MACK: Bruckhart struggles. He wants to be more proactive, which would mean doing more stops based on suspicion, looking for problems before they're called in. But the staff shortage means that's just not realistic.

BRUCKHART: So, for instance, if - you know, if I want to stop a car, someone's going to have to come back me up. And then if something were to happen in Fair Haven, which is the busiest district in New Haven, now someone else from another district has to come in and cover that.

MACK: Police departments around the country are having trouble retaining the officers they've budgeted for. But in cash-strapped cities like New Haven, it's not just a shortage of officers. They're also dealing with aging equipment, radio gear, police cruisers. Bruckhart says he's even seen squad cars with holes in the floorboards, patched with old license plates. New Haven slashed benefits, including pensions. And its salaries are lagging behind the pay in the nearby richer suburbs. Bruckhart a lot of his fellow New Haven cops are looking for better options.

BRUCKHART: It doesn't make sense to stay here.

MACK: He says they've lost more than 20 officers in the last couple of years. And by the end of this year, 50 people in the New Haven Police Department will be eligible to retire.

BRUCKHART: Within five years, this department's going to look entirely different.

MACK: Does that scare you?

BRUCKHART: I think it should scare the community (laughter) more than anybody 'cause, I mean, you go to some of these evening shifts and it's like - you know, when you have brand new officers out there who are, like, asking each other what to do on some of these calls, you're like - there's no veteran leadership.

MACK: Bruckhart's been a cop for 10 years - five in New Haven. He says he stays mostly because he enjoys the work, but he's not sure for how much longer.

UNIDENTIFIED PERSON #3: Eight-zero-eight-one, we have a 2612.

BRUCKHART: Oh, God.

UNIDENTIFIED PERSON #3: The caller is a mother at 266 Peck Street - says her daughter jumped into a vehicle.

BRUCKHART: Oh, no. So she got into a car and says she's going to kill herself.

UNIDENTIFIED PERSON #3: They said she was last seen on Peck towards Ferry.

BRUCKHART: Peck towards Ferry.

MACK: Is that your district?

BRUCKHART: Yeah. Of course it is.

MACK: Bruckhart joins the search. The woman is eventually found safe. He's lost count how many calls this is for him now - six, he thinks, maybe seven.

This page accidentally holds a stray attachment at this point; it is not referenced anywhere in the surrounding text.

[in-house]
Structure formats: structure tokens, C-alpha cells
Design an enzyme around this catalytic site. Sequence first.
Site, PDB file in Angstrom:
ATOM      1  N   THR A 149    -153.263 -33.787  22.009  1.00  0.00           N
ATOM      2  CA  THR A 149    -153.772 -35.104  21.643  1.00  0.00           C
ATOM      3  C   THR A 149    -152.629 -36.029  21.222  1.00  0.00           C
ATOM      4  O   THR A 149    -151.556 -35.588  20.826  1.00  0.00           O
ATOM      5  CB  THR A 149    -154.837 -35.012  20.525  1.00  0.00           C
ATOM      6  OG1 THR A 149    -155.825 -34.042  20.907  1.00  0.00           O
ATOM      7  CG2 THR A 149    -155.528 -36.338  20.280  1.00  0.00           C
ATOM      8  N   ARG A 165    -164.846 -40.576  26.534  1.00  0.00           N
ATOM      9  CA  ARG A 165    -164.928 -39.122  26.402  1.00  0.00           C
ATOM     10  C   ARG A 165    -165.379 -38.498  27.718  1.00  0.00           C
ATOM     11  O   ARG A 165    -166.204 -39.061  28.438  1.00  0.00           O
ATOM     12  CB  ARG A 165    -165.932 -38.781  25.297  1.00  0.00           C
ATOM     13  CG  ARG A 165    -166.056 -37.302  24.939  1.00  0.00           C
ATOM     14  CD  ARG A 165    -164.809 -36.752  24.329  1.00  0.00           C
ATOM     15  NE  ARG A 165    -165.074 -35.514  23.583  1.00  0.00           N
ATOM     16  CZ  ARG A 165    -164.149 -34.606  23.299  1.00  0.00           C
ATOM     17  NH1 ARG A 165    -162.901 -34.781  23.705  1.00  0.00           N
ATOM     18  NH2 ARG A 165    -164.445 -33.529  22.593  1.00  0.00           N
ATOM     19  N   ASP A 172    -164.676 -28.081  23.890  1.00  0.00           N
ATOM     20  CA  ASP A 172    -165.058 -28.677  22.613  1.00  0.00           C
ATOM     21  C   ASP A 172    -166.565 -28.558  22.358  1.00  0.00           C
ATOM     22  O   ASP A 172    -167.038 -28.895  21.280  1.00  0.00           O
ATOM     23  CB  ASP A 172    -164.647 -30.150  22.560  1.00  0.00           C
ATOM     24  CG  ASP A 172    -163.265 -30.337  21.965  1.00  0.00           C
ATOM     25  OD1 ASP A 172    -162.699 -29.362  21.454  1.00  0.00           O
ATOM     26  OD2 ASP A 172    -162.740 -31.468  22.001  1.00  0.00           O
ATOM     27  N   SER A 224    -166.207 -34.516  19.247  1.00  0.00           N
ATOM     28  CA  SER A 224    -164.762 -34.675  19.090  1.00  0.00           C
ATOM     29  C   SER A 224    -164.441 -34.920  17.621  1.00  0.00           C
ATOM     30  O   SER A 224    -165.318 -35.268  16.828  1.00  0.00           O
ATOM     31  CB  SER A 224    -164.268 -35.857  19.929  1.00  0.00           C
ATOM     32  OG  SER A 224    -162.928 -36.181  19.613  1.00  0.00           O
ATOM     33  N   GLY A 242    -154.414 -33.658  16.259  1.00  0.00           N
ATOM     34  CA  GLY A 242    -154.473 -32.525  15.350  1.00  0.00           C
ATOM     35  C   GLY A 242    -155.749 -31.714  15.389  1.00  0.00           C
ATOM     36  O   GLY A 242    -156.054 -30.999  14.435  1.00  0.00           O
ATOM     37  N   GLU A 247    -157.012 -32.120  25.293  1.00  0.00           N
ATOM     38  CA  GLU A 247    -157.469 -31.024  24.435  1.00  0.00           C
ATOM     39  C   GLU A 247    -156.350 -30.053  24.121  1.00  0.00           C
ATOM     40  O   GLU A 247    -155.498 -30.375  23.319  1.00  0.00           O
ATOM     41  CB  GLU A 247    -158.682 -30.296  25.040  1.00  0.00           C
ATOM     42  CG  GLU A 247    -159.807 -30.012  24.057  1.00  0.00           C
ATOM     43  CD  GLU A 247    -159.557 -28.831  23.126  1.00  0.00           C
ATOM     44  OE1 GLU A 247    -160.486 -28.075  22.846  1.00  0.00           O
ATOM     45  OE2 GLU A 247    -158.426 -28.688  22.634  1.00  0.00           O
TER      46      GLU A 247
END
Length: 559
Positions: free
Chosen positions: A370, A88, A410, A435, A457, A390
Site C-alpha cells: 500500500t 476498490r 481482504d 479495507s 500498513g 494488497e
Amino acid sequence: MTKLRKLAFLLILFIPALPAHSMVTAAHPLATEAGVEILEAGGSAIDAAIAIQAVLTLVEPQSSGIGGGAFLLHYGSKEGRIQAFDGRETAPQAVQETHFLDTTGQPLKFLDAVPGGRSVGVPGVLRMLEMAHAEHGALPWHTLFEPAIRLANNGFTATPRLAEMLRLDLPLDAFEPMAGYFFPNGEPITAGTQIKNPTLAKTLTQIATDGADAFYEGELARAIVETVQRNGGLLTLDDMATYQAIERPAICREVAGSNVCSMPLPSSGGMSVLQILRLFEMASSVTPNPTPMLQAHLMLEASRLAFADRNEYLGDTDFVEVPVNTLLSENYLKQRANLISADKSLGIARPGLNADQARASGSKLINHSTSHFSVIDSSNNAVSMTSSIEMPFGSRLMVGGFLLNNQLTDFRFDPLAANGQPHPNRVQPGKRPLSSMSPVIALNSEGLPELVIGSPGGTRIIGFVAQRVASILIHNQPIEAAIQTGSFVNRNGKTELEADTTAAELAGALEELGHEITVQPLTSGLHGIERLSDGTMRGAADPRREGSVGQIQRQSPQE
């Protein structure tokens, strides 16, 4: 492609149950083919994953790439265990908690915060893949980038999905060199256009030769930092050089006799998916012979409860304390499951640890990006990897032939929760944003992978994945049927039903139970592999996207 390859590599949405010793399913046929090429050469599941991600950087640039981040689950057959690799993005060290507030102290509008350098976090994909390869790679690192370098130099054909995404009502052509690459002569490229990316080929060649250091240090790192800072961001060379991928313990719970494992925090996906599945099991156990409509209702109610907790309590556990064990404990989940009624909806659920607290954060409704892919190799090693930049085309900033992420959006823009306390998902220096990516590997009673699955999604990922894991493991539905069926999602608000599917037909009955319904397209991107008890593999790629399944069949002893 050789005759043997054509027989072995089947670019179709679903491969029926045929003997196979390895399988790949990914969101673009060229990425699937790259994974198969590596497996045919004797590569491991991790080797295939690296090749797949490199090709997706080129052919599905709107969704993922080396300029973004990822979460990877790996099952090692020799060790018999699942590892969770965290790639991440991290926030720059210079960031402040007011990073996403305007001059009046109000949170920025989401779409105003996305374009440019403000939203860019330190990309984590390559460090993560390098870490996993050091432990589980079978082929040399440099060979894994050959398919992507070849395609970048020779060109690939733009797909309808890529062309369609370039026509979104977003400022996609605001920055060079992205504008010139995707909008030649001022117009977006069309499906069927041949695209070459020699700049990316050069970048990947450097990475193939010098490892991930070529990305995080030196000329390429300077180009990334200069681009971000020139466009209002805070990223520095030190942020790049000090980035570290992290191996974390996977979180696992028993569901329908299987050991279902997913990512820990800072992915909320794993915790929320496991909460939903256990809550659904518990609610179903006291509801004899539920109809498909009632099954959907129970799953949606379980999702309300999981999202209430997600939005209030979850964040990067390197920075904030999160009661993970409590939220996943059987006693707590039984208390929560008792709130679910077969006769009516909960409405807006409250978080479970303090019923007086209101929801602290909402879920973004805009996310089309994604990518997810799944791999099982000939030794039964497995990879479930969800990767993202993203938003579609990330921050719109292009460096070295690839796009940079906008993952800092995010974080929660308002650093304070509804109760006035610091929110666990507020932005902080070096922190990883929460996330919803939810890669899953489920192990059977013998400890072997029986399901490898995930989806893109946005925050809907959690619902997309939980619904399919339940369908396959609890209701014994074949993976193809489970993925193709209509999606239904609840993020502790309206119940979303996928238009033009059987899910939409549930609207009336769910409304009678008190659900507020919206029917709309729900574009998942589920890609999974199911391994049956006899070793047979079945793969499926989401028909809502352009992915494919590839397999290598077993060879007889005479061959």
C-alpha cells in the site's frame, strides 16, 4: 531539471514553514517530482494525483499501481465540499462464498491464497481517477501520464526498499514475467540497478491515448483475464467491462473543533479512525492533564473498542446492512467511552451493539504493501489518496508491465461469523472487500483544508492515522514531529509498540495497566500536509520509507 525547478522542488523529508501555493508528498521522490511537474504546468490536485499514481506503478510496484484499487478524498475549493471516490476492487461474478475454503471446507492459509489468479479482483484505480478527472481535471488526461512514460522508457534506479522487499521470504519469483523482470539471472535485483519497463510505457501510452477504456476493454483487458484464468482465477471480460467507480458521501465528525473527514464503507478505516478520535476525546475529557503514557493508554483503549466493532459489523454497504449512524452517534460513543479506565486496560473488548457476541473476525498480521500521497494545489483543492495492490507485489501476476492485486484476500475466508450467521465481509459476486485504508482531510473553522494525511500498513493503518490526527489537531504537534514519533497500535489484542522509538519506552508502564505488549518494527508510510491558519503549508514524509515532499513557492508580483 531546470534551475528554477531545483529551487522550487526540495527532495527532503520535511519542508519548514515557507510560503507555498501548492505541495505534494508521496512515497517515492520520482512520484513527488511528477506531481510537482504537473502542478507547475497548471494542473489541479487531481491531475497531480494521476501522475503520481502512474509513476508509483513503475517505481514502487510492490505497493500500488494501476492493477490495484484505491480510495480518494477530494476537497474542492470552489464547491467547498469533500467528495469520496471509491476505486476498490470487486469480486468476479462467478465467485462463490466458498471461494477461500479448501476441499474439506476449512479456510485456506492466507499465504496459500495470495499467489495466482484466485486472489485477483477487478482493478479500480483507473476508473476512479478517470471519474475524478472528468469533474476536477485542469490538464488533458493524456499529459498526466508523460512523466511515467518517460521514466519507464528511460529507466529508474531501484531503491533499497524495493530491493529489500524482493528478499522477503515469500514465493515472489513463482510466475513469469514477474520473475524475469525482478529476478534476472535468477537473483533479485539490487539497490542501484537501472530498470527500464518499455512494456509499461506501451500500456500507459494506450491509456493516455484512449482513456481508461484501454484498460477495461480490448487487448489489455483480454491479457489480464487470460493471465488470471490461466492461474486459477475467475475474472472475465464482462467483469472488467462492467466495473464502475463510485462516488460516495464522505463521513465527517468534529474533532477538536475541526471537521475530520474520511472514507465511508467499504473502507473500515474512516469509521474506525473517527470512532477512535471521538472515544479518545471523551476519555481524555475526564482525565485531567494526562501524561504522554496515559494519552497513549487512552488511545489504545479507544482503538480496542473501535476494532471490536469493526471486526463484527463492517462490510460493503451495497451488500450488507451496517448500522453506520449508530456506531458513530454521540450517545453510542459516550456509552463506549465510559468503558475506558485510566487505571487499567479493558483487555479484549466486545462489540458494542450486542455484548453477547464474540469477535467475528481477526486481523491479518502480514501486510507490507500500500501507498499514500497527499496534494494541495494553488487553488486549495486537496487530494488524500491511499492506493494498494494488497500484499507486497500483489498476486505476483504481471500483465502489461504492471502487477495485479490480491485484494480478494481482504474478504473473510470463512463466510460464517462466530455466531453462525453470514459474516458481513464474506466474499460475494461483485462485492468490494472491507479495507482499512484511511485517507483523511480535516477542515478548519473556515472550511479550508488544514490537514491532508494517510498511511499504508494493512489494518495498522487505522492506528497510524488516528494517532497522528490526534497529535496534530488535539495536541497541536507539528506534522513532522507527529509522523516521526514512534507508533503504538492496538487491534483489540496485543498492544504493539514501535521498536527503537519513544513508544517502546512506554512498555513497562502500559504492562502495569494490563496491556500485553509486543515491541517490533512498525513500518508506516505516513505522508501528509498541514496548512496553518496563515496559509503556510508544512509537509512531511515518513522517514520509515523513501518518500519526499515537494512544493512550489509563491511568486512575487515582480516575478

INSKEEP: That was Connecticut Public Radio reporter Lori Mack in New Haven, Conn. Martin Kaste is still with us. And Martin, it is troubling to think about a life-or-death situation and somebody doesn't quite have time to deal with it. But at the same time, there are surely a lot of people listening whose businesses have learned to do more with less. Can police just do more with less?

KASTE: Well, they certainly are trying, especially if they have the money. A lot of departments have the budget lines that aren't even being used for people they can't find to hire. So they're using some of that money for technology. There's a lot of interest in this predictive policing stuff, you know, where you use forms of AI to predict where you need the officers the most to try to assign them in a more sort of rational manner. One department was toying with sort of using facial recognition technology in the field to speed up identifying people who don't have drivers licenses on them. But if you're a police chief or a sheriff and you simply don't have enough people to do the job the way you used to do it, you look for ways to do it faster. And that's what they're looking for. And there is this bigger question about whether we need as many police as we've had in the last couple of decades. Some people, especially since Ferguson, have said that no; maybe we need less patrol. That then raises the big question of which neighborhoods will get the policing. You know, will neighborhoods with a lot of crime get neglected or not? Basically, we're going to go through a laboratory experiment as a country in the next few years here seeing if we can maintain lower crime levels with fewer police.

INSKEEP: That's NPR's Martin Kaste. And we'll have more this afternoon on All Things Considered, asking what departments are doing to attract new human officers. Martin, thanks.

KASTE: You're welcome.

(SOUNDBITE OF BAASKAT'S "BITTERSWEET")